solange, chance the rapper and snoop dogg redesign levi’s iconic trucker jacket
We talk to Head Designer Jonathan Cheung on the eve of their anniversary celebrations in LA.
Images courtesy Levi's
Truly, never has a denim jacket had a better birthday party than the one Levi's threw to celebrate the 50th anniversary of their Trucker jacket. In the shadow of the Chateau Marmont, the brand displayed fifty of the jackets reimagined by a creative bunch including Solange, Chance the Rapper and Snoop Dogg (all of whom performed), and model-ish types including Karlie Kloss (who didn't perform but did show off her cropped number to great effect). It was somewhat like the jacket you possibly shredded and Sharpie'd on as a teenager, but a hundred million times better.
The mastermind behind this was Levi's Head Designer Jonathan Cheung. He has the enviable job of both delving into the company's archives and trying to imagine what the jeans of tomorrow might look like. When we met he was particularly excited about the thought of G-Dragon's creation, a double sided painted number that looked stadium tour ready. His favourite denim ever though? "Steve Jobs", he smiles. "We have a pair of his 501s in the archive. And honestly I got the jitters looking at them. Like, holy shit these are Steve Jobs' jeans." Honestly, we can't think of any pair of jeans better than those that held the original iPod.
Here, Jonathan ponders Levi's through the ages, their move back into work wear, and the universal nature of crop tops.
In the time you've been at Levi's, do you think you've seen a change in how people buy denim?
Yeah. If I look at Levi's specifically, I think the change is that a lot more women are wearing Levi's. And a lot more younger people. And to address your question in another way, I see a lot of people have moved on to stretch jeans, both men and women. I mean it's almost surprising to us that 60% of our men's jeans are stretch now. That kind of comfort factor has been a big thing. People want things to look good, but they also want things to feel good as well. For me it's also tracking Levi's from something purely practical to a reengagement with fashion. And that's been really interesting to see.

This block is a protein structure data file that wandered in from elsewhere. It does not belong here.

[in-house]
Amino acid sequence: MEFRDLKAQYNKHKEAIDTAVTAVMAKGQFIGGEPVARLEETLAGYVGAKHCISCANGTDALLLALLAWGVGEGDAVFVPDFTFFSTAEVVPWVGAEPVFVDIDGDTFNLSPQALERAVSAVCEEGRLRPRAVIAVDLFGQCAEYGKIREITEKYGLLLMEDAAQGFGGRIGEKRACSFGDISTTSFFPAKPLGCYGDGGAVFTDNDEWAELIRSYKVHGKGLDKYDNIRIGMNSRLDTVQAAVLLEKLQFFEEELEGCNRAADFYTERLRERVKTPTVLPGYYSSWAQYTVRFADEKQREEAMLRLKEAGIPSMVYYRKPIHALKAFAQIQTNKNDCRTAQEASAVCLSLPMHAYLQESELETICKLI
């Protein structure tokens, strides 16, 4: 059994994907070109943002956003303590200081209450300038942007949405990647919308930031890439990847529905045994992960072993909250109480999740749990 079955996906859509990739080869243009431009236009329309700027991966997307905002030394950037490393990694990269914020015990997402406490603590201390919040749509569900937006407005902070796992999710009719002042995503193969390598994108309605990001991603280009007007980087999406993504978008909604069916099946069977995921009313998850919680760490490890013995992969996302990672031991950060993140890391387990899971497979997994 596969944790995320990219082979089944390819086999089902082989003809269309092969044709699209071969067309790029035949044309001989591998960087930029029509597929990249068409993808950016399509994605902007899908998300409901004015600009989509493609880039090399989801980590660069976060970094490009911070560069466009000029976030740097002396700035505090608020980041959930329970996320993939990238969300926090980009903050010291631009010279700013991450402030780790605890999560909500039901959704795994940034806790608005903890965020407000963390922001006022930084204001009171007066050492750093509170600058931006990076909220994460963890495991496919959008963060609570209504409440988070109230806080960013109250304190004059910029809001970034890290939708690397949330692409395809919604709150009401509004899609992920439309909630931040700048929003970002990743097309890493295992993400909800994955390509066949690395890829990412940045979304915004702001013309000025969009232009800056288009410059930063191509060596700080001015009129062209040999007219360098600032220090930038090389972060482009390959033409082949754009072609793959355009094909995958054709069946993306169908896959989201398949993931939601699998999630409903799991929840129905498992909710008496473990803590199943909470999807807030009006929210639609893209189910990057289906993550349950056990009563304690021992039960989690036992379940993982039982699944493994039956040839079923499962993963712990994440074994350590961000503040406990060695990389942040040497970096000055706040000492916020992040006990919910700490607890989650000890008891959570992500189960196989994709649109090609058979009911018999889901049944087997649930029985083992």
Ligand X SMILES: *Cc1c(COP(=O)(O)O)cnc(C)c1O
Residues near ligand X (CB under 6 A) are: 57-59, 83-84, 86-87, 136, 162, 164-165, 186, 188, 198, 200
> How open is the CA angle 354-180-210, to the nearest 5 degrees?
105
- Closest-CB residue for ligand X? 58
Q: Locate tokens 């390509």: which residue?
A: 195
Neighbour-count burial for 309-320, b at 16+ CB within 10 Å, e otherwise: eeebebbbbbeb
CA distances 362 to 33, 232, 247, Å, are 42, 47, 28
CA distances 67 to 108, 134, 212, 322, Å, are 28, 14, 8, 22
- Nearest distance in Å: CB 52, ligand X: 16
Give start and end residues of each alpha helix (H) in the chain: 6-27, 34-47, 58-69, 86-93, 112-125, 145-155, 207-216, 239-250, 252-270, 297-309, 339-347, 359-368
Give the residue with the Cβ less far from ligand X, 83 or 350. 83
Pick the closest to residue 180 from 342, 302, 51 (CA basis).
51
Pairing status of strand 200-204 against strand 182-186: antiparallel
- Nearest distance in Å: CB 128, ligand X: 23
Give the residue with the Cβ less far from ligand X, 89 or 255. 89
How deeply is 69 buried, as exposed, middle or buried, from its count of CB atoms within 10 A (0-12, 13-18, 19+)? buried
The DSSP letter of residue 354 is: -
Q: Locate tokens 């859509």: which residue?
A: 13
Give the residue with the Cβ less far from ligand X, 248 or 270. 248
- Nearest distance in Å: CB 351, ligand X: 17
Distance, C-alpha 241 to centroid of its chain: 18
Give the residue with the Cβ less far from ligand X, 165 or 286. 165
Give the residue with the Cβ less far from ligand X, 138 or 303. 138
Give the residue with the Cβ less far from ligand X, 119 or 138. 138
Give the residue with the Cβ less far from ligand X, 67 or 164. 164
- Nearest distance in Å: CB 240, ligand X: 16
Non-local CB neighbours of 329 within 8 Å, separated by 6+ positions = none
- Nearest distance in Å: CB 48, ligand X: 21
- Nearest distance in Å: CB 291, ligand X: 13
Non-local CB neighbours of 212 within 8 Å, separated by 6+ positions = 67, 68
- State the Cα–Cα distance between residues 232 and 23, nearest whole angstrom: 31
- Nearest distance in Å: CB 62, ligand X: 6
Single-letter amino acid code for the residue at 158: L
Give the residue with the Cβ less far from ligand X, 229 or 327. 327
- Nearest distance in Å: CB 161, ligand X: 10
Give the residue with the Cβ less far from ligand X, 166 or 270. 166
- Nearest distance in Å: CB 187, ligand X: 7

The practical origins of denim have been so obscured by popular culture.
It's durable, and practical, and we still do a lot of that. This month we debuted a line of professional workwear that we tested on construction workers for two years. I think you're the first person I've ever spoken to it about!
The appetite for workwear is so huge.
Yeah it's funny. One of our first customers was the store in Culver City, Magasin, a high fashion store, because of this "working" cool I guess.
How much does the Levi's archive, and seeing people wearing vintage Levi's, play in to what you do?
Oh it's huge, it's a constant source of inspiration, it reminds us of our history and our culture. We often go in there just to mooch around and flick through things. And it's funny -- a few years ago we were looking at the serious, heritage stuff, and now it's like 'We made skiing jeans in the 90s?' It's amazing. 80s and 90s revival stuff that's uncomfortable but maybe inspiring. The history's so broad.
We looked at Levi's Olympic uniforms recently too, the LA Olympics and Winter Olympics. In fact, one of our T-shirts that says Levi's with the red and white stripe above and below it, that was created for the Olympic team. It's endless, and hopefully we're creating [for] the next generation to plumb into.
What keeps you interested in denim -- it's both limitless and comes with a seemingly strict set of rules as a fabric.
I think part of it is the history and culture. Not just the earnest, heritage bit, but the relationship with culture, anyone from early Rockabillies, Eddie Cochrane to Elvis to Rihanna and Kanye. And when you come to something like tonight, working with people like that, it's beyond a job.
Have you got a special Levi's moment?
There are just so many -- mine is probably Nick Kamen in the Levi's 501 commercial. At the risk of getting super business-y, Warren Buffet says your business is a castle and what protects you is your moat -- the moat is what makes you different, and special. And Levi's, the moat that protects Levi's is cultural. It's people. It's all those cultural moments, that make Levi's special and has protected it through the hard times.
What's been exciting about this project?
I'm just like a fanboy. Like, that's Emannuelle Alt's jacket, or CL, we only got her jacket a few days ago. G-Dragon's came in at 2am last night. Obviously, we were wondering if that was going to happen, I'd given up. He's on tour at the moment, and we've been exchanging text messages with his manager. So I'm kind of giggly about that. There's a Japanese guy called Anarchy, and he's taken the sleeves and sewed them up into this cape, which is amazing.
Do you have a favourite?
I don't yet. With G-Dragon's, it's the prolonged anticipation that's made me giddy. Anarchy's is great, Christine Centenera's, Miroslava Duma's is lovely, and Karla Welch's is great. Just the simple crop we did with Karlie Kloss is great -- it's so simple. But as soon as we got the photos, we knew that every girl's going to want one of these. Not just girls actually, lots of boys too.